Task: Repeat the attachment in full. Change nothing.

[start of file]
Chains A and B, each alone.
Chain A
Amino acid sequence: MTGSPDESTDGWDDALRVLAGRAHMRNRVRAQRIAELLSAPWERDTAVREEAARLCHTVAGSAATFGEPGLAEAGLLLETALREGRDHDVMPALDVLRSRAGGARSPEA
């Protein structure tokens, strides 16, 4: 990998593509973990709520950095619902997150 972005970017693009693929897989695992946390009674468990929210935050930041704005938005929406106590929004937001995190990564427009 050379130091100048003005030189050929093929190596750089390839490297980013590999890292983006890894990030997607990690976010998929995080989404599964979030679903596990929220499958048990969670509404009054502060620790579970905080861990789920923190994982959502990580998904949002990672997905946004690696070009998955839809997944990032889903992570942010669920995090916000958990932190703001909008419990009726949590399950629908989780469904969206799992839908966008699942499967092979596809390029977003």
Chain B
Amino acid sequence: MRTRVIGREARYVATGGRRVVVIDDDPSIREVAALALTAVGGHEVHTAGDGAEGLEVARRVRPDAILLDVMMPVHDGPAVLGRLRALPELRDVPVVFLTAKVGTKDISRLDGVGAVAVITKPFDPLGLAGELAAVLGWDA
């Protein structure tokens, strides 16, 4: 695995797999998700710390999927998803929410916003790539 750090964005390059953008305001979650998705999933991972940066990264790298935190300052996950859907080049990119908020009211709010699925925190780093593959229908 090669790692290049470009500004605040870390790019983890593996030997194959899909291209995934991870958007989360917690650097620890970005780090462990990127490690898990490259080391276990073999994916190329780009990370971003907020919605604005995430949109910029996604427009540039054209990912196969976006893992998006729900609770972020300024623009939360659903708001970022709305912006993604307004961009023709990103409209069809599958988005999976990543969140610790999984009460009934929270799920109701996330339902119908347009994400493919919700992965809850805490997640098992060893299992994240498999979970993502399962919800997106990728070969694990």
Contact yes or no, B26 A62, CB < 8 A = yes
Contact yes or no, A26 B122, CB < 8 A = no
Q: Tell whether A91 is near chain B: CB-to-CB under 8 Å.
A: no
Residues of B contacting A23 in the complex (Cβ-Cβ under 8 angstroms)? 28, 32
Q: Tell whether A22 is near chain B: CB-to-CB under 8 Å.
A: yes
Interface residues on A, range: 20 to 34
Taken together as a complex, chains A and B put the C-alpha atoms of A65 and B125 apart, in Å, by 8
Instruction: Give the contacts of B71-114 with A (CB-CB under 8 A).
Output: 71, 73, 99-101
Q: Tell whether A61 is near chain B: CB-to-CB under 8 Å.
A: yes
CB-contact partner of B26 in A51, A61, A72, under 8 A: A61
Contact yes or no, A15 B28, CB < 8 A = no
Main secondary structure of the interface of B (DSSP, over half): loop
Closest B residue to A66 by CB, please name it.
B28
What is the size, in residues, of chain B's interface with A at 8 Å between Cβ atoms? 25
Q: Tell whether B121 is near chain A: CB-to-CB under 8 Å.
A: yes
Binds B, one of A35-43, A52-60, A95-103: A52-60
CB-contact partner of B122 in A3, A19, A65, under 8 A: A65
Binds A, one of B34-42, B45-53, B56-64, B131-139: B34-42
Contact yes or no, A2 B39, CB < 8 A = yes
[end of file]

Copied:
Chains A and B, each alone.
Chain A
Amino acid sequence: MTGSPDESTDGWDDALRVLAGRAHMRNRVRAQRIAELLSAPWERDTAVREEAARLCHTVAGSAATFGEPGLAEAGLLLETALREGRDHDVMPALDVLRSRAGGARSPEA
């Protein structure tokens, strides 16, 4: 990998593509973990709520950095619902997150 972005970017693009693929897989695992946390009674468990929210935050930041704005938005929406106590929004937001995190990564427009 050379130091100048003005030189050929093929190596750089390839490297980013590999890292983006890894990030997607990690976010998929995080989404599964979030679903596990929220499958048990969670509404009054502060620790579970905080861990789920923190994982959502990580998904949002990672997905946004690696070009998955839809997944990032889903992570942010669920995090916000958990932190703001909008419990009726949590399950629908989780469904969206799992839908966008699942499967092979596809390029977003």
Chain B
Amino acid sequence: MRTRVIGREARYVATGGRRVVVIDDDPSIREVAALALTAVGGHEVHTAGDGAEGLEVARRVRPDAILLDVMMPVHDGPAVLGRLRALPELRDVPVVFLTAKVGTKDISRLDGVGAVAVITKPFDPLGLAGELAAVLGWDA
């Protein structure tokens, strides 16, 4: 695995797999998700710390999927998803929410916003790539 750090964005390059953008305001979650998705999933991972940066990264790298935190300052996950859907080049990119908020009211709010699925925190780093593959229908 090669790692290049470009500004605040870390790019983890593996030997194959899909291209995934991870958007989360917690650097620890970005780090462990990127490690898990490259080391276990073999994916190329780009990370971003907020919605604005995430949109910029996604427009540039054209990912196969976006893992998006729900609770972020300024623009939360659903708001970022709305912006993604307004961009023709990103409209069809599958988005999976990543969140610790999984009460009934929270799920109701996330339902119908347009994400493919919700992965809850805490997640098992060893299992994240498999979970993502399962919800997106990728070969694990």
Contact yes or no, B26 A62, CB < 8 A = yes
Contact yes or no, A26 B122, CB < 8 A = no
Q: Tell whether A91 is near chain B: CB-to-CB under 8 Å.
A: no
Residues of B contacting A23 in the complex (Cβ-Cβ under 8 angstroms)? 28, 32
Q: Tell whether A22 is near chain B: CB-to-CB under 8 Å.
A: yes
Interface residues on A, range: 20 to 34
Taken together as a complex, chains A and B put the C-alpha atoms of A65 and B125 apart, in Å, by 8
Instruction: Give the contacts of B71-114 with A (CB-CB under 8 A).
Output: 71, 73, 99-101
Q: Tell whether A61 is near chain B: CB-to-CB under 8 Å.
A: yes
CB-contact partner of B26 in A51, A61, A72, under 8 A: A61
Contact yes or no, A15 B28, CB < 8 A = no
Main secondary structure of the interface of B (DSSP, over half): loop
Closest B residue to A66 by CB, please name it.
B28
What is the size, in residues, of chain B's interface with A at 8 Å between Cβ atoms? 25
Q: Tell whether B121 is near chain A: CB-to-CB under 8 Å.
A: yes
Binds B, one of A35-43, A52-60, A95-103: A52-60
CB-contact partner of B122 in A3, A19, A65, under 8 A: A65
Binds A, one of B34-42, B45-53, B56-64, B131-139: B34-42
Contact yes or no, A2 B39, CB < 8 A = yes